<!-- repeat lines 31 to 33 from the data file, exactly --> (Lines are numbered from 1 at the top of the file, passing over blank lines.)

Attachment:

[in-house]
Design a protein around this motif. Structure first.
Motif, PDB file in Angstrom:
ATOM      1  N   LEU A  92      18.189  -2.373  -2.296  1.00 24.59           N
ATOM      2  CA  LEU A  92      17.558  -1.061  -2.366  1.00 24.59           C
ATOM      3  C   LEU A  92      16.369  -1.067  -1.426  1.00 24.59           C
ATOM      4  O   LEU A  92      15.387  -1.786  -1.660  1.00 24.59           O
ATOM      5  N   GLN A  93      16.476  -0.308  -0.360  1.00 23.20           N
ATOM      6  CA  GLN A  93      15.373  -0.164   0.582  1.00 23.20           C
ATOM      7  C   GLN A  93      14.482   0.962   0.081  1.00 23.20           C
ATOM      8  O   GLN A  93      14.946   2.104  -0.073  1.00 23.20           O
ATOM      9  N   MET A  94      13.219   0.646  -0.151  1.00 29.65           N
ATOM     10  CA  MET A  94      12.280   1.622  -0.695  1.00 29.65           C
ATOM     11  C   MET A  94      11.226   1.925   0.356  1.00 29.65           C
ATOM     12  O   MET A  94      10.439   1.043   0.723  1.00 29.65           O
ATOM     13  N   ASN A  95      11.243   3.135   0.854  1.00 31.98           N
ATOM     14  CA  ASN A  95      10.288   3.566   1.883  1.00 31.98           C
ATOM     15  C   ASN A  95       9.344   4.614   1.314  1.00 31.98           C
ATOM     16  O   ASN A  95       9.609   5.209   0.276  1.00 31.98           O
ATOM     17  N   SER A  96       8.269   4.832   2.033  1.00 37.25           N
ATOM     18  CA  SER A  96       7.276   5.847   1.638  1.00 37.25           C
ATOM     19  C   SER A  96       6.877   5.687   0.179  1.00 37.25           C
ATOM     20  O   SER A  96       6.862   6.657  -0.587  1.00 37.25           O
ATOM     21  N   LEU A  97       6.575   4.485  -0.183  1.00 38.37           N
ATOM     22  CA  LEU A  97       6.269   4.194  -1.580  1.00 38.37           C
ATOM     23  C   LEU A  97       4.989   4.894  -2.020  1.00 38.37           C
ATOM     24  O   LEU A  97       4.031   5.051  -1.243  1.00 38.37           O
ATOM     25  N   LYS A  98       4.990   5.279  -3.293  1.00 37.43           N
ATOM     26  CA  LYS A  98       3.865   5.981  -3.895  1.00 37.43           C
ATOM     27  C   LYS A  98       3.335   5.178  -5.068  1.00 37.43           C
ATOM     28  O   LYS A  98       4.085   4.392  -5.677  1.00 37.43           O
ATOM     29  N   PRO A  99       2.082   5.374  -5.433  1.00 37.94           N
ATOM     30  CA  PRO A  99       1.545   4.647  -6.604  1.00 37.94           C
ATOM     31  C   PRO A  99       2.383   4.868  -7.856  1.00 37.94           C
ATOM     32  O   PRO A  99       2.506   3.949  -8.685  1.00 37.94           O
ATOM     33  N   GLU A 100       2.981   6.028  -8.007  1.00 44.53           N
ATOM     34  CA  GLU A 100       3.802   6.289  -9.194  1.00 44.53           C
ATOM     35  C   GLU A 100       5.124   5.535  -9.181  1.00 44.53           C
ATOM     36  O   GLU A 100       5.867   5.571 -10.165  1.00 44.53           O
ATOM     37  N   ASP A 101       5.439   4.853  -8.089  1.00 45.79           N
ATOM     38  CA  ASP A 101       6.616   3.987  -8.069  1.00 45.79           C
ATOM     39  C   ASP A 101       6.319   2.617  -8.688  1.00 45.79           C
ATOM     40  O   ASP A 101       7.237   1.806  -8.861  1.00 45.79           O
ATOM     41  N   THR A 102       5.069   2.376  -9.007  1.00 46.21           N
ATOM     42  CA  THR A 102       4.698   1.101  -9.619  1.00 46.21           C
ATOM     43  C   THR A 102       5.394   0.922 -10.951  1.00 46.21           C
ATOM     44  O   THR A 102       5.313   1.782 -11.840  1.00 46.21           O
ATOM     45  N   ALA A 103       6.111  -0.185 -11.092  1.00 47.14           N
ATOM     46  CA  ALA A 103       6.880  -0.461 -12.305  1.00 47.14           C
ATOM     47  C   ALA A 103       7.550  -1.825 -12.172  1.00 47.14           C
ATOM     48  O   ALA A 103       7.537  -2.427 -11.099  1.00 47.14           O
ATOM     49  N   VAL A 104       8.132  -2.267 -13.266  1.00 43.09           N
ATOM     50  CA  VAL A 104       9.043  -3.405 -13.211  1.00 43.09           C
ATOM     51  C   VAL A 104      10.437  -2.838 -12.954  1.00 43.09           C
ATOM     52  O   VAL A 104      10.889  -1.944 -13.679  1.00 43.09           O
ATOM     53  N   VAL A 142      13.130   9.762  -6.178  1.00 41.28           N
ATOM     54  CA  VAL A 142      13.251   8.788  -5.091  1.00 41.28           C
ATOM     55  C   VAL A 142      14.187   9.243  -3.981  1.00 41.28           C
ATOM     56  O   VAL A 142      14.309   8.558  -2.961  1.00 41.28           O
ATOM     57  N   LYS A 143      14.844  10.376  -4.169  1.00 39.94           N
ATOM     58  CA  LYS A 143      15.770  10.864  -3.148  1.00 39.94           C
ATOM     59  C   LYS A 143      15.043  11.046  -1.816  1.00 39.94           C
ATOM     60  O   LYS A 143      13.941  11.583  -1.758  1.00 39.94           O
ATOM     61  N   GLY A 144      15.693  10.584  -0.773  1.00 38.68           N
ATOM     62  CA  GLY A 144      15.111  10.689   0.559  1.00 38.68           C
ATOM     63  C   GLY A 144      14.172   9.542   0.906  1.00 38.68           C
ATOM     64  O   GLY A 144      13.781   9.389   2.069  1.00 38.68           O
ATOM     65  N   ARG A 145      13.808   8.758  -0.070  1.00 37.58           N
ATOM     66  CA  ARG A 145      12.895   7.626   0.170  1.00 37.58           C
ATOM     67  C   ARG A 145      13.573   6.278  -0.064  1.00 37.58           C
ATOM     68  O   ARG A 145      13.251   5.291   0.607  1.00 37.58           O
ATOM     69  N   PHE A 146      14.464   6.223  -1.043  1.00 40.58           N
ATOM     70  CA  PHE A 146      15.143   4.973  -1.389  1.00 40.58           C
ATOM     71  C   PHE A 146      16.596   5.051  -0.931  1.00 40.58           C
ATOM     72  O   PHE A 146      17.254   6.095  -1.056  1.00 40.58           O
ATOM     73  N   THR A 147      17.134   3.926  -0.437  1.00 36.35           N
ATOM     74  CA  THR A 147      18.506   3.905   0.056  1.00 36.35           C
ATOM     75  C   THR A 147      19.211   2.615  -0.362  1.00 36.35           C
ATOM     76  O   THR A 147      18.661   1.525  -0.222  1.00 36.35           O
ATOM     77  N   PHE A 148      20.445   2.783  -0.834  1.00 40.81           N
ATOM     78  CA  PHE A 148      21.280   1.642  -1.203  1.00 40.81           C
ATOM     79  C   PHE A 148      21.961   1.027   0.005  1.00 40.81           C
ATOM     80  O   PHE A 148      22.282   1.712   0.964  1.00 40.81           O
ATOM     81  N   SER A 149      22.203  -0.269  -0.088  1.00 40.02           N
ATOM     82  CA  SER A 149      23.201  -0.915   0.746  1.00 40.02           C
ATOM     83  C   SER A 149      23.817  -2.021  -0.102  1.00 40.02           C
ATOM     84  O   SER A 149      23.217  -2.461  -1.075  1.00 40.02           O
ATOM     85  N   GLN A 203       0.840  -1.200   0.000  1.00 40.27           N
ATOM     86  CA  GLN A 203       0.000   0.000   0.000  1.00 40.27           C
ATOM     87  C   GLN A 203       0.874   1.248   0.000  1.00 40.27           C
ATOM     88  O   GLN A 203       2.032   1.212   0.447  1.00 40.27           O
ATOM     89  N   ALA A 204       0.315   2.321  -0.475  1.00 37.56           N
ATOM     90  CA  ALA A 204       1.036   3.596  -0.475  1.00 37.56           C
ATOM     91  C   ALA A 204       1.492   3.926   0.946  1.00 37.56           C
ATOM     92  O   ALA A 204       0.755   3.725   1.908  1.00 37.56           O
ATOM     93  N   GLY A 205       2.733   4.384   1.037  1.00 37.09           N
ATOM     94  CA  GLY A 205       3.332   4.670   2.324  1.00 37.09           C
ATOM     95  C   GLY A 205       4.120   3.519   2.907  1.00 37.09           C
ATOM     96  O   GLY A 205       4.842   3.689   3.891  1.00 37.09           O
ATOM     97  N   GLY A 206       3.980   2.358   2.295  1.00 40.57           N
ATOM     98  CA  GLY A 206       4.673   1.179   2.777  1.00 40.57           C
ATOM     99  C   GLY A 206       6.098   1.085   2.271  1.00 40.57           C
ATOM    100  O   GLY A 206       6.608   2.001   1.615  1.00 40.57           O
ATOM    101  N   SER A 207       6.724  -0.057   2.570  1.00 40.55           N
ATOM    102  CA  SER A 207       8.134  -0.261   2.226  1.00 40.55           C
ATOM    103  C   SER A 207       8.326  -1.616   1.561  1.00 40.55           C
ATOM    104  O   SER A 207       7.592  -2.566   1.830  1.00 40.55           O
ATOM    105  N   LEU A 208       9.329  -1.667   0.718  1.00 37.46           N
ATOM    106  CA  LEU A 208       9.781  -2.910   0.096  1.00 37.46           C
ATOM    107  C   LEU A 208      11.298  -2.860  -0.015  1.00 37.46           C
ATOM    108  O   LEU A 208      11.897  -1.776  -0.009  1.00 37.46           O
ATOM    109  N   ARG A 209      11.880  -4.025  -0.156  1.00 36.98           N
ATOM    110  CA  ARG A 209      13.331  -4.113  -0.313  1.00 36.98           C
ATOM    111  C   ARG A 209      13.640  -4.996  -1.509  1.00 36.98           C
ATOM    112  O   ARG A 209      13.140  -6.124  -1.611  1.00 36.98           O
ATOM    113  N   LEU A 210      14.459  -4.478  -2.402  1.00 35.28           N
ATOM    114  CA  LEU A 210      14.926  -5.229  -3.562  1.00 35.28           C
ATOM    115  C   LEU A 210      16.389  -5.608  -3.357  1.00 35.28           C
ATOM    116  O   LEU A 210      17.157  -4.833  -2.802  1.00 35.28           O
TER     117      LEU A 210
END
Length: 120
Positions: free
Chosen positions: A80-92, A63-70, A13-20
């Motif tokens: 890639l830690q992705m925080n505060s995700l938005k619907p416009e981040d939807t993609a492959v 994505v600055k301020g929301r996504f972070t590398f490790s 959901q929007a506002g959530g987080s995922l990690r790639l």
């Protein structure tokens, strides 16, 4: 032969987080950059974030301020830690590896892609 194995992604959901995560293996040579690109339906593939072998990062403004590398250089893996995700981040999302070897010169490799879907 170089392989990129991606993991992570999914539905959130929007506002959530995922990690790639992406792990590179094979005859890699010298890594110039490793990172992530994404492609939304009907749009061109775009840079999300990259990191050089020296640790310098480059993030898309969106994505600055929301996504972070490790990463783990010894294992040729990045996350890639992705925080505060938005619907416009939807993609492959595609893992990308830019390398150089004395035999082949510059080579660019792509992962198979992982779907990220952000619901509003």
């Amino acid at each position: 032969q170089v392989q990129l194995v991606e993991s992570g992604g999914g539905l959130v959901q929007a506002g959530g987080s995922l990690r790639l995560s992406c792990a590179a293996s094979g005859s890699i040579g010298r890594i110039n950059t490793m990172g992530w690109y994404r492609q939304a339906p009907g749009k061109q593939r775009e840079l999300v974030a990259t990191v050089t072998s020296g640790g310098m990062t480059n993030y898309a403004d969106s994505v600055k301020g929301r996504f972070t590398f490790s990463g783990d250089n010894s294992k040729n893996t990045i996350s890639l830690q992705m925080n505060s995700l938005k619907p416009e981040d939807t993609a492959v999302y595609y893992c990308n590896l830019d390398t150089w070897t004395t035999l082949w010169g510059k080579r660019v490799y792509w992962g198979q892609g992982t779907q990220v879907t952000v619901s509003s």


ATOM     28  O   LYS A  98       4.085   4.392  -5.677  1.00 37.43           O
ATOM     29  N   PRO A  99       2.082   5.374  -5.433  1.00 37.94           N
ATOM     30  CA  PRO A  99       1.545   4.647  -6.604  1.00 37.94           C